Any suggestions if I can't figure out a way to cross-tie?
     
    05-25-2008, 02:27 AM
  #4
Foal
tacking up

I bet if you spent some time just kinda throwing the saddle pad on her and then taking it off--repeatedly, she would improve after a couple of sessions. I do that with my youngsters that are antsy and after a while they just get bored with having to react to it. I also tie them up to feed them their grain and clean in the mornings. It's amazing what it will do for their patience if they are tied for a couple of hours here and there. Good luck
     
    05-25-2008, 03:35 AM
  #5
Trained
Dont cross tie her! It wont solve anything. If she is swinging around she can still do this even if she is cross tied.

It might be a good idea to treat her as though she was a yearling with respect issues. Horses that invade our space usually have issues with respect. When she gets in her space move her out straight away. It must be straight away and you must move her back out of your space. Don't smack her or yell at her just back her up to a desirable distance. You may have to growl a little but you can be more effective but throwing your arms up and moving her back using your body (but not touching her) if that makes sense.

With regards to the saddling I would suggest 'asking your horse for permission' to saddle her. It seems she really isnt comfortable with the process. If you have a lunge yard or an arena to work in (lunge yard would be best) and bring your saddle etc in with you and leave it in the middle of the yard. Take her in and spend some time fussing over her and grooming her and making the whole experience enjoyable. Allow her to sniff the saddle and investigate it obviously without stepping on it or chewing it :) after a while pick up the saddle blanket. See how she reacts and show her the blanket up close. Let her sniff it and once she acts as though so could care less about it rub it down her neck and shoulder until you get to her back. If she looks worried keep rubbing her with the blanket but talk to her and calm her. Once SHE is ready, put the blanket on her back. Leave it there for that day, praise her and give her some dinner. Do the same thing the next day and if she accepts the blanket without fuss do the same thing with the saddle and then the bridle and so on. The idea is to wait until she is ready to give permission for you to saddle her. If you have permission from your horse you will have less problems.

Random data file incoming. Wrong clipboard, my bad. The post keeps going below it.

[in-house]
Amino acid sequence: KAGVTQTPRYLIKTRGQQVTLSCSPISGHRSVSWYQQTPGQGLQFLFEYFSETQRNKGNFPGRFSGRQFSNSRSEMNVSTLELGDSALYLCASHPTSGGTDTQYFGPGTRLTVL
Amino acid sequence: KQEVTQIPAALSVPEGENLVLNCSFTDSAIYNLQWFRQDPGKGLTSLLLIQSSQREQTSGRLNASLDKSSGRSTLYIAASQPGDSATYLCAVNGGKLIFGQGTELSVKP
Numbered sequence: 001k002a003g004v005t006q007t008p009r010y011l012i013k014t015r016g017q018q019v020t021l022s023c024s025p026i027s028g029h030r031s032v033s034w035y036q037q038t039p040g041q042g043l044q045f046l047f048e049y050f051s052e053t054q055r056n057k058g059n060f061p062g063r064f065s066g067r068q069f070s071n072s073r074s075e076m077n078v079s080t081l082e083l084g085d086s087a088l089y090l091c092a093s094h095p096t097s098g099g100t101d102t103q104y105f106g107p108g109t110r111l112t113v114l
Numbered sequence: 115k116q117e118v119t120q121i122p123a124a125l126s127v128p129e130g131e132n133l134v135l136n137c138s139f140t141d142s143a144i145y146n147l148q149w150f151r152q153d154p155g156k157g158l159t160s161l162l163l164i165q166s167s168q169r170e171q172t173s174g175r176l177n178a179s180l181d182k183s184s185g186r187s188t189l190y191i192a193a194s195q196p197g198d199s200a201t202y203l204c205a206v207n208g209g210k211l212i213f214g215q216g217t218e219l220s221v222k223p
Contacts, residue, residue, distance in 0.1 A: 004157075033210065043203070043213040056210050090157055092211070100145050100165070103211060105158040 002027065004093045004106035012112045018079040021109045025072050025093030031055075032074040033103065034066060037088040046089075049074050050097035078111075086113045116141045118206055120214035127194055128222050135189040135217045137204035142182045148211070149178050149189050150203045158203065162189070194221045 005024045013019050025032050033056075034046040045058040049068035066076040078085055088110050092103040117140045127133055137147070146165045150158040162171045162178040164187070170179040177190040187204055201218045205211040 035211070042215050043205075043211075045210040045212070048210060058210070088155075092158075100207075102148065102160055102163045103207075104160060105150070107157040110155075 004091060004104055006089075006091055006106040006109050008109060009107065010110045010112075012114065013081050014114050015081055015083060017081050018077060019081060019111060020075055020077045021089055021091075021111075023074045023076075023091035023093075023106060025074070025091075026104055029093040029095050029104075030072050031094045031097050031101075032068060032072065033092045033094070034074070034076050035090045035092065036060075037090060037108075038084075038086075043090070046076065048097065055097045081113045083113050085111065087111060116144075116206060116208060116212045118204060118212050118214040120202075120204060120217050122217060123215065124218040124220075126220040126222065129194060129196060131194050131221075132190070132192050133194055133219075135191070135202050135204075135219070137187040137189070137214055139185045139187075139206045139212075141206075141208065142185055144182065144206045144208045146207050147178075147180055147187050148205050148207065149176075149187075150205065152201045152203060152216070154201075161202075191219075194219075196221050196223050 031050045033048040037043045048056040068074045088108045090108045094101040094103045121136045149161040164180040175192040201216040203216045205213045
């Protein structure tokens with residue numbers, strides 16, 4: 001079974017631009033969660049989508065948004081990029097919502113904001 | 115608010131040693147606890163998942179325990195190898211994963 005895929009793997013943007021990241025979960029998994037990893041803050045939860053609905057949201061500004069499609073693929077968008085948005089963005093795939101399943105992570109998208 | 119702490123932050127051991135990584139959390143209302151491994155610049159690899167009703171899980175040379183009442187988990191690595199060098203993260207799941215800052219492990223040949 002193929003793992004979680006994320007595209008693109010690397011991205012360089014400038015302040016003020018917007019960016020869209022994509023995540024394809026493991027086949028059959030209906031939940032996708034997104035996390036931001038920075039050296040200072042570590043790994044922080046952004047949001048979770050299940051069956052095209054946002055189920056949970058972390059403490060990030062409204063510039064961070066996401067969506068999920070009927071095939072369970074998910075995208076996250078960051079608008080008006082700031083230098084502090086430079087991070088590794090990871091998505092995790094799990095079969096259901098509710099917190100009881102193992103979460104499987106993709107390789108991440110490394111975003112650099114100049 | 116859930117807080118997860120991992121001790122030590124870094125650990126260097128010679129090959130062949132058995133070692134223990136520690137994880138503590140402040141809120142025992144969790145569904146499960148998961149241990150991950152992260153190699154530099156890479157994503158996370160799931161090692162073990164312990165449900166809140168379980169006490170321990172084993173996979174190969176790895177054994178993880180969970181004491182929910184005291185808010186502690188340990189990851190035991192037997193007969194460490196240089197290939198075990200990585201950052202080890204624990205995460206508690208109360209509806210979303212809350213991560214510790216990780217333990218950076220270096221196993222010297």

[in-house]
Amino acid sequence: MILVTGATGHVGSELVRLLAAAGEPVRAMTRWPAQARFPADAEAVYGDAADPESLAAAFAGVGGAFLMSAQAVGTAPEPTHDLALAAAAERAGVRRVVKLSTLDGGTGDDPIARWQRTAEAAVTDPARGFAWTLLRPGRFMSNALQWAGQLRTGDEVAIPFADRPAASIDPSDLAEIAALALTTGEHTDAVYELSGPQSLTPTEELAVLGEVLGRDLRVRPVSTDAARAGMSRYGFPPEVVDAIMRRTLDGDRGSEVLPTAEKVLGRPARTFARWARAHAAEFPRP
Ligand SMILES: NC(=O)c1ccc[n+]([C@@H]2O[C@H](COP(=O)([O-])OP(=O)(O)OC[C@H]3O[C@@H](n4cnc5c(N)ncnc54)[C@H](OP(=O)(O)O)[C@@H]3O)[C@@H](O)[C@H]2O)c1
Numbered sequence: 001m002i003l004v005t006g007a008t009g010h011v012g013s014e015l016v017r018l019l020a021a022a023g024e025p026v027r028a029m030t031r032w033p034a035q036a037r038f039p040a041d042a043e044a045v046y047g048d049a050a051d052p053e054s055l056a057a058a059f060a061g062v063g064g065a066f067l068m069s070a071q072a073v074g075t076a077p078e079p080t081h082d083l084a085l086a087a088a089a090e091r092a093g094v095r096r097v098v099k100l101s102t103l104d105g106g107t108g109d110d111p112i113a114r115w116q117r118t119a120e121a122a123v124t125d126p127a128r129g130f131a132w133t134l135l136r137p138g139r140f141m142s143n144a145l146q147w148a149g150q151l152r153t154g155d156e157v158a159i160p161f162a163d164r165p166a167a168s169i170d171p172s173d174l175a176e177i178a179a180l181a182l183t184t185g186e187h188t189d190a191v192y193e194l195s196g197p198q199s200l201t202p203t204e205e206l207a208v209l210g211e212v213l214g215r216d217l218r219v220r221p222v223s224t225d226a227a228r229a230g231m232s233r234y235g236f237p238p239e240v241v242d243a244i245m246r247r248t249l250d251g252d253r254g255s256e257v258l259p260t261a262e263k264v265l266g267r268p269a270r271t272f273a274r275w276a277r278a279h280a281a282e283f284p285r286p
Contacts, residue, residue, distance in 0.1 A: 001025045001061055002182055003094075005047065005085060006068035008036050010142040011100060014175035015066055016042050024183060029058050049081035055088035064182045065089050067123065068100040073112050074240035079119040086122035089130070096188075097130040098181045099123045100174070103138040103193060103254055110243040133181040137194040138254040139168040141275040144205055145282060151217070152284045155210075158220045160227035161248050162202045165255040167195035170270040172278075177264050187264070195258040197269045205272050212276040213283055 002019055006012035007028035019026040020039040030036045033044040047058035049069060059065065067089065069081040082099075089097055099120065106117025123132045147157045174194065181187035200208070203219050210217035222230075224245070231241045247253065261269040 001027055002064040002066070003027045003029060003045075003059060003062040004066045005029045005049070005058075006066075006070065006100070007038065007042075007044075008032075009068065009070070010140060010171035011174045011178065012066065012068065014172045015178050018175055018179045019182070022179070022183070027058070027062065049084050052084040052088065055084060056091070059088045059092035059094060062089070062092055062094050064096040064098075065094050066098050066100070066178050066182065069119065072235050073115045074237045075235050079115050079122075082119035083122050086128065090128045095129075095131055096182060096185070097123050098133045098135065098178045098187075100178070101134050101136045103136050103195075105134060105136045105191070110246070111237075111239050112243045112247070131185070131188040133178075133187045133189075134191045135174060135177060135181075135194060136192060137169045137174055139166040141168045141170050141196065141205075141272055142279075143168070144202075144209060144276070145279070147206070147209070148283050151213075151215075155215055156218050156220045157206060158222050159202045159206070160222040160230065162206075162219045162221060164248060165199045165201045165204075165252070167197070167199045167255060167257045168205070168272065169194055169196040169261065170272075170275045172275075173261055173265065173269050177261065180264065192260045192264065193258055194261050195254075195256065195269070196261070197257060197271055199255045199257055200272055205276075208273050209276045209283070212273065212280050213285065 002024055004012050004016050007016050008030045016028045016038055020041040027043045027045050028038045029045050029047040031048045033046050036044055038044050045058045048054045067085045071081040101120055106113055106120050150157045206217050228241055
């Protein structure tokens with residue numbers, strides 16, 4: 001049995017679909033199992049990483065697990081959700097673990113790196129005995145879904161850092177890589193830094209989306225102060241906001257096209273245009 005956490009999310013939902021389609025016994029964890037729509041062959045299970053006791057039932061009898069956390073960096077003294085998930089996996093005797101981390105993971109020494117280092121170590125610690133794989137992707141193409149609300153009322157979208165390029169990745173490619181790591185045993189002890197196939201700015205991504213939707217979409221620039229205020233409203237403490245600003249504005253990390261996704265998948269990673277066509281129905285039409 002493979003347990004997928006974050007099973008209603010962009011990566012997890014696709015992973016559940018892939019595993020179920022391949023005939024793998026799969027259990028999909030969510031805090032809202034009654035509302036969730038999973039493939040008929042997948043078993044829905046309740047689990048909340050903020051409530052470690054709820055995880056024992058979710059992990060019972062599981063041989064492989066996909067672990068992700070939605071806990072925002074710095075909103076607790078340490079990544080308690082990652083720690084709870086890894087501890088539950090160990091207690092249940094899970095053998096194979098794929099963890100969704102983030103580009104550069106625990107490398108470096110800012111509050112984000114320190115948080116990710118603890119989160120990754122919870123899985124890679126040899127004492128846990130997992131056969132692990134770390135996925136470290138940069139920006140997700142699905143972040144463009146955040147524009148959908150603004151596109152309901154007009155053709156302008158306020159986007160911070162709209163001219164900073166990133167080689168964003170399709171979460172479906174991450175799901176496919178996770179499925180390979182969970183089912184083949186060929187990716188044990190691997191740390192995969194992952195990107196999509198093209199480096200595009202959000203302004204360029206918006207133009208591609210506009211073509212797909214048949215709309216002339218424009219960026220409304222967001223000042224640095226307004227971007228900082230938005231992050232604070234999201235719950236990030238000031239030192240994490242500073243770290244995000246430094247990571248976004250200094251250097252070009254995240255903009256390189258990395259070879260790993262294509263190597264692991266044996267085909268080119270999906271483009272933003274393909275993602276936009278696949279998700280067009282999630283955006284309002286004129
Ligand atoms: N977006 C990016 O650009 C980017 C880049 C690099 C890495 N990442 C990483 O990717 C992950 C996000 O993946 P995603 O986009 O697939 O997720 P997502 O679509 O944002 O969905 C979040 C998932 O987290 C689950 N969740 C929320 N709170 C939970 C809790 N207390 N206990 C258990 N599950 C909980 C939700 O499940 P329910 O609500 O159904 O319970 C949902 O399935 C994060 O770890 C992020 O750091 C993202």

Having said all that, it may be worth getting a vet to check her over to make sure she isnt sore anywhere and that's whats making her fidgety when being saddle
     
    05-25-2008, 09:07 AM
  #6
Weanling
Quote:
Originally Posted by jazzyrider
dont cross tie her! It wont solve anything. If she is swinging around she can still do this even if she is cross tied.